The impulse drive uses cryogenic slush deuterium as fuel. The slush is further cooled and formed into pellets, which are fired into a fusion reactor to generate high-energy plasma. This is directed from the impulse reaction chamber into an accelerator/generator. If the impulse drive is active the plasma is accelerated and passed to the space-time driver coils; otherwise the plasma energy is diverted to the ship's power distribution net. The driver coil assembly produces a low-level subspace field effect lowering the apparent mass of the spacecraft: this is particularly important for very large starship classes, but is often omitted as unnecessary on smaller ones. Finally, the exhaust is passed to a vectored thrust director which expels the exhaust in a controlled manner to generate the actual thrust and steerage.
While the spacecraft is under impulse power Conn is responsible for monitoring the inertial dampening system. In the event a specified manuever exceeds the capacity of the inertial dampening system, the computer will request that Conn modify the flight plan to bring it within the permitted performance envelope. During Alert status, however, flight rules permit Conn to specify manuevers that are potentially dangerous to the ship and/or her crew.
Warp drive is the primary faster-than-light propulsion system. It employs the controlled annihilation of matter and antimatter, regulated by dilithium crystals, to generate the tremendous power required. The human race developed warp drive in 2063. Earth's first warp flight took place on April 4, 2063; the warp ship Phoenix took off from Resurrection, Montana, under the command of her designer, Dr. Zephram Cochrane, thereby triggering humanity's first contact with the interstellar community.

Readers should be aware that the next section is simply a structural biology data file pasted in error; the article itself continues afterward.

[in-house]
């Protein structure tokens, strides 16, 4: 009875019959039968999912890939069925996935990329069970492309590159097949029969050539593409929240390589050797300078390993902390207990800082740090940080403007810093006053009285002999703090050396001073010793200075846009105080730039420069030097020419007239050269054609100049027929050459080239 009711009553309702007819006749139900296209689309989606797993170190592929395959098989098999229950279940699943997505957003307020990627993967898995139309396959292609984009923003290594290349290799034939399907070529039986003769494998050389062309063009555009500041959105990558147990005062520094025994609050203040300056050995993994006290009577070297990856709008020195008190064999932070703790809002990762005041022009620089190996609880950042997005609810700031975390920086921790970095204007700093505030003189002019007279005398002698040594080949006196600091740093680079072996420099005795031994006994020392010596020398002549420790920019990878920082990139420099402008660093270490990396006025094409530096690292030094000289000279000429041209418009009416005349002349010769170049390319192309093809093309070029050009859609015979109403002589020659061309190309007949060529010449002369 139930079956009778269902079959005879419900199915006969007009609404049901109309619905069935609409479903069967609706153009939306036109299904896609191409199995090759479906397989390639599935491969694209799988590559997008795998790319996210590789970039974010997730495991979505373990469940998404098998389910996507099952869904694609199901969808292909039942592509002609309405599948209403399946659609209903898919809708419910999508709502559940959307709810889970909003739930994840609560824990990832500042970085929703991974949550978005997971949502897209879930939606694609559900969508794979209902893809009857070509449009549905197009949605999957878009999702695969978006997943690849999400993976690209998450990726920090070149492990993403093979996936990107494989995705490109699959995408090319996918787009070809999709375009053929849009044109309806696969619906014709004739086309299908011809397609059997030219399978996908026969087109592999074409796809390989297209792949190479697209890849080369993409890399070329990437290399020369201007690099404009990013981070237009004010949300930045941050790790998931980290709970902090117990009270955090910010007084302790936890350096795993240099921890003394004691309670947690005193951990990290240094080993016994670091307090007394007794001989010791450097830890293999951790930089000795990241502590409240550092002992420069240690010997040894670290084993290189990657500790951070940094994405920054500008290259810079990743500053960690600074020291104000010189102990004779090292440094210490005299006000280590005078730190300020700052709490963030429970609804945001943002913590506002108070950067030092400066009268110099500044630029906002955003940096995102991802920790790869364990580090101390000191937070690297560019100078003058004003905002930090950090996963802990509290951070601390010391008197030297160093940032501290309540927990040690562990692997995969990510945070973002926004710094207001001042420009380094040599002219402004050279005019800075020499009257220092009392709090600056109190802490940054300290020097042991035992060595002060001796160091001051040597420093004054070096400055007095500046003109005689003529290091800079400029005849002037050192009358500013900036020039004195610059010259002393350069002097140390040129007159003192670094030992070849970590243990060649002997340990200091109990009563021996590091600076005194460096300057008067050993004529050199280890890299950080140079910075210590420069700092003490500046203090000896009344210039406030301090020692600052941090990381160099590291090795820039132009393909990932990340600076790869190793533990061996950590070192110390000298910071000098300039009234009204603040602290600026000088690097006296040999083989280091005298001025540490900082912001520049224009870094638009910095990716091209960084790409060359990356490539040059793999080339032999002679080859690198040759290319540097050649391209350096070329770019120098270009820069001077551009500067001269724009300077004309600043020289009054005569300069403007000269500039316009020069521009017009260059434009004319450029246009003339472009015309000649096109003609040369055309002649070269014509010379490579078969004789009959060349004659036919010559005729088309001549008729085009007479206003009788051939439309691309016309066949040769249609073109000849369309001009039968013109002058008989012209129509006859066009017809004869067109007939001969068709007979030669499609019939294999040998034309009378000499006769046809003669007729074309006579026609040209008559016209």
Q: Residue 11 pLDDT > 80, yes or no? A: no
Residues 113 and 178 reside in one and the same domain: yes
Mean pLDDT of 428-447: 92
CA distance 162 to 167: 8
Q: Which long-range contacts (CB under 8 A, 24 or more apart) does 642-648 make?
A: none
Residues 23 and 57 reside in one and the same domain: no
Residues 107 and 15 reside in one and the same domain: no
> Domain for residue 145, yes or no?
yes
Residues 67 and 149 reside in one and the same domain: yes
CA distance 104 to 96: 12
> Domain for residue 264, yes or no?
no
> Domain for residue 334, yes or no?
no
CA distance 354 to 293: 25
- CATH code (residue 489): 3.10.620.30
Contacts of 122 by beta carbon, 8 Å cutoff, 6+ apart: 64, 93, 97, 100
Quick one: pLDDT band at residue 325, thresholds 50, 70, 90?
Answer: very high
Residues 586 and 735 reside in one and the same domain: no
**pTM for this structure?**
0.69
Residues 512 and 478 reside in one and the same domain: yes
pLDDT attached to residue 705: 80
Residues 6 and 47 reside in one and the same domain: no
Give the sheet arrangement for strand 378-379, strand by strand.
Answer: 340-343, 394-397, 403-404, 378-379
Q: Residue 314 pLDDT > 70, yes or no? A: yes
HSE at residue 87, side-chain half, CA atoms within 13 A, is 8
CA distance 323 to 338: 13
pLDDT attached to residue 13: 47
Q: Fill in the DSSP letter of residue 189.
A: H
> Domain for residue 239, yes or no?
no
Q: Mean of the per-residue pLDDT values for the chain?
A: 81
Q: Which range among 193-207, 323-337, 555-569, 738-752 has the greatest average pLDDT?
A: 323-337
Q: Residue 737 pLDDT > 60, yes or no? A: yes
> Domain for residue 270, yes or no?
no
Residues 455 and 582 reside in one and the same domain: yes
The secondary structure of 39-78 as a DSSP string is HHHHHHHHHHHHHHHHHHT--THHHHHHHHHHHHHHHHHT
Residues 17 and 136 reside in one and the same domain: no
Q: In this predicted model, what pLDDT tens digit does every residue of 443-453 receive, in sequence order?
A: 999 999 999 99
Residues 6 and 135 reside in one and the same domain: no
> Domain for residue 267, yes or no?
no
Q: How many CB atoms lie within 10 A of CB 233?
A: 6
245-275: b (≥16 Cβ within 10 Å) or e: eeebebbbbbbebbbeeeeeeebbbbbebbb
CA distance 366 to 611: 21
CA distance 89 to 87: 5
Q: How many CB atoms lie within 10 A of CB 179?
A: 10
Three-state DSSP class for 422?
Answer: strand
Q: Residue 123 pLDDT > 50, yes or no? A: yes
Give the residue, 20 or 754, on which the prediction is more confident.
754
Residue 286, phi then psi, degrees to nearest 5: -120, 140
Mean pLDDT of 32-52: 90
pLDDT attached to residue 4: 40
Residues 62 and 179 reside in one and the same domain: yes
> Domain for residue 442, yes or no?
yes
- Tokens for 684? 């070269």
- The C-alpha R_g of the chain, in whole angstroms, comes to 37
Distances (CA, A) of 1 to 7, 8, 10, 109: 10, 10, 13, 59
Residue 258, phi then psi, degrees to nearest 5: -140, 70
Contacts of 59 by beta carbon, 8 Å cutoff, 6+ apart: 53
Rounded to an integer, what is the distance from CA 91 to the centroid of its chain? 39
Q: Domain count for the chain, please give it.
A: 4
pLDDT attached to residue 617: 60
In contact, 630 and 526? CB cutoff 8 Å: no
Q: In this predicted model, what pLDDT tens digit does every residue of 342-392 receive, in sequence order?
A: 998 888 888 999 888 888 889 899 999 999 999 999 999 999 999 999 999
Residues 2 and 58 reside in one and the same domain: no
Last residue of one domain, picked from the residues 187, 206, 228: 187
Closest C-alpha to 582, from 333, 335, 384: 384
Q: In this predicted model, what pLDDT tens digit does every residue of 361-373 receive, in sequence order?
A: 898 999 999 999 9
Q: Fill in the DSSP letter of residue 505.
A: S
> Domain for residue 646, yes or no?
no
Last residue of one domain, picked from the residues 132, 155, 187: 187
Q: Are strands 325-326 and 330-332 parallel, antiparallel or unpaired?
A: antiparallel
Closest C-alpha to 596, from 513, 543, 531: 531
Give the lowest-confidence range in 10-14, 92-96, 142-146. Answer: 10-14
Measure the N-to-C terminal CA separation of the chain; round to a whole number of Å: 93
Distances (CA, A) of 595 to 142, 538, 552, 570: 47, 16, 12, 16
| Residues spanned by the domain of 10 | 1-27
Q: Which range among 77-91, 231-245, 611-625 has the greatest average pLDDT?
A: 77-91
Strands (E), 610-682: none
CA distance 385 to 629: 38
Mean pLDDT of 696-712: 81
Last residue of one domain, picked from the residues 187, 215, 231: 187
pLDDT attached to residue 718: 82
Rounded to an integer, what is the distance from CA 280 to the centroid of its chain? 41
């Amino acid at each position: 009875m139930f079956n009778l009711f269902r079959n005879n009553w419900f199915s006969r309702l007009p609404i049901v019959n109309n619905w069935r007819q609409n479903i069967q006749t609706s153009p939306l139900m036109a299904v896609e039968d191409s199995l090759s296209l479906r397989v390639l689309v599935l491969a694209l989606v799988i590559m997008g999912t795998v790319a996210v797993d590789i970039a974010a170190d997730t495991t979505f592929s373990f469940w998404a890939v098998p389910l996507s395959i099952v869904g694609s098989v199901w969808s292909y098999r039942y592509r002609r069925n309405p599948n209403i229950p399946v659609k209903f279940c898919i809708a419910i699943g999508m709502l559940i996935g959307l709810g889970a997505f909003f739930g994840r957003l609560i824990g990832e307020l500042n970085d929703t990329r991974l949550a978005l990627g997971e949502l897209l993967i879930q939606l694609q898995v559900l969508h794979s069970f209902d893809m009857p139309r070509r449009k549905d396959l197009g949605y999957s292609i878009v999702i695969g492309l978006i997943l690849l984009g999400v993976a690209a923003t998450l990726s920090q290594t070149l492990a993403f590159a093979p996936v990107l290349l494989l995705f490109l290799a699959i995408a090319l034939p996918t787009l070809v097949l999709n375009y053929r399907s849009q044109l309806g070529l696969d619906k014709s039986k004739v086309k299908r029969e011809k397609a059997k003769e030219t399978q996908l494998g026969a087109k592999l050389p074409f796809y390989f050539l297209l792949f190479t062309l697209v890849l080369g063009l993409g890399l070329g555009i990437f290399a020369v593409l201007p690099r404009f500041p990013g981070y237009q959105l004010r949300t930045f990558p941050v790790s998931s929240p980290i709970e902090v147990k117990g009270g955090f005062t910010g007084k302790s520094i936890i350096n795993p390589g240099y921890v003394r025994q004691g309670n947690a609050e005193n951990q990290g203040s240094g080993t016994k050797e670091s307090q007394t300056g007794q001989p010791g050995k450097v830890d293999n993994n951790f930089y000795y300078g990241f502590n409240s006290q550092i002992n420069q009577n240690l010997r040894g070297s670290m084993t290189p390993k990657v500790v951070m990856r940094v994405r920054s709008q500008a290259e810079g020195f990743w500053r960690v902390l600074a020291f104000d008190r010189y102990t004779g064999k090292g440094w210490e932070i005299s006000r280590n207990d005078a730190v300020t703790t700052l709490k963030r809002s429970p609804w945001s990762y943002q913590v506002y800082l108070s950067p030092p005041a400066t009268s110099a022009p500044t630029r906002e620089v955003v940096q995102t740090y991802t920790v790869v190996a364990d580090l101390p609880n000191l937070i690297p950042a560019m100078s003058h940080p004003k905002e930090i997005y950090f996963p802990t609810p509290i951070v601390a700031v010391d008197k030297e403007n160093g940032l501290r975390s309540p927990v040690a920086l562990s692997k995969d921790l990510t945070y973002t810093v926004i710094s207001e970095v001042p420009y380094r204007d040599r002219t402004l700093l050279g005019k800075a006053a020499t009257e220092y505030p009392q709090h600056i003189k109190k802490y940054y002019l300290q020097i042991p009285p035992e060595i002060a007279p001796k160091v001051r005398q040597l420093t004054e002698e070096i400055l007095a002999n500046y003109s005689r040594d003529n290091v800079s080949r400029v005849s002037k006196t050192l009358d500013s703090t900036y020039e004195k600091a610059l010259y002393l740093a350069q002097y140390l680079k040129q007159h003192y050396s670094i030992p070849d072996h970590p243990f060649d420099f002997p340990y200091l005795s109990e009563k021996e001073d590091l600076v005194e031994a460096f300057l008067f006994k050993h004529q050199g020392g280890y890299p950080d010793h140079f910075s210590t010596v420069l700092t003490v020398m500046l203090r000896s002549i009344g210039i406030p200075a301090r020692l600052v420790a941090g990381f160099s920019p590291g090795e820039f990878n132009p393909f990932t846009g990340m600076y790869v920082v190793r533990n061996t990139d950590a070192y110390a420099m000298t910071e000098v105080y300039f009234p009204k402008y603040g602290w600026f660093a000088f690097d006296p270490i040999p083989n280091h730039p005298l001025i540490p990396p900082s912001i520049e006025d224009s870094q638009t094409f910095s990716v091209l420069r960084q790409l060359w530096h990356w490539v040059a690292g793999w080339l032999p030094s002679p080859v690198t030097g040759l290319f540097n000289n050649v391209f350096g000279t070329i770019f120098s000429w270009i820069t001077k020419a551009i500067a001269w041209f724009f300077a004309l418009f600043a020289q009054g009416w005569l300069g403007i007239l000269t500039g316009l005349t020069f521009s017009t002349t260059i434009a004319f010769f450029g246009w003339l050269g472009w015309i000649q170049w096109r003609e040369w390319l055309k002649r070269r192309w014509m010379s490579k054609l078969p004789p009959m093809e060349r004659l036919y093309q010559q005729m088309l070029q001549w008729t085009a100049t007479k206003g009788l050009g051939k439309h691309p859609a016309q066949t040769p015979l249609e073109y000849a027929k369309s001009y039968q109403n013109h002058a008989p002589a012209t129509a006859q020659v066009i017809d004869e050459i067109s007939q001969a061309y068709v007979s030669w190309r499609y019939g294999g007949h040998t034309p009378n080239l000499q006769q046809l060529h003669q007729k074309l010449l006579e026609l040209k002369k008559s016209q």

The warp drive uses supercooled slush deuterium and antideuterium as fuel. Since antimatter annihilates normal matter on contact, great care is taken to store the antimatter within magnetic containment fields. Two streams of reactants, one deuterium and one antideuterium, are fired down a cylindrical apparatus known as the Matter/Antimatter Reaction Assembly (M/ARA), or warp core. These streams meet at a precisely calculated point on a dilithium crystal. Dilithium has the special property that it can mediate matter/antimatter reactions without itself being destroyed. A tuned stream of high-energy plasma is produced. This is passed along the power transfer conduits to the warp nacelles. Here the plasma stream is passed through a series of warp coils, which generate a subspace field known as the warp field. This field lowers the apparent mass of the spacecraft, allowing faster-than-light travel. The propulsive effect is provided by the oscillating, peristaltic nature of the field generated.
When a starship is under warp propulsion, Conn is responsible for monitoring the subspace field geometry with help from Engineering. The Conn station is continuously updated with data coming in from the long range sensors and will automatically make course correctments to adjust for any minor variations in the density of subspace. It is part of Conn's responsibility to supervise this automatic process.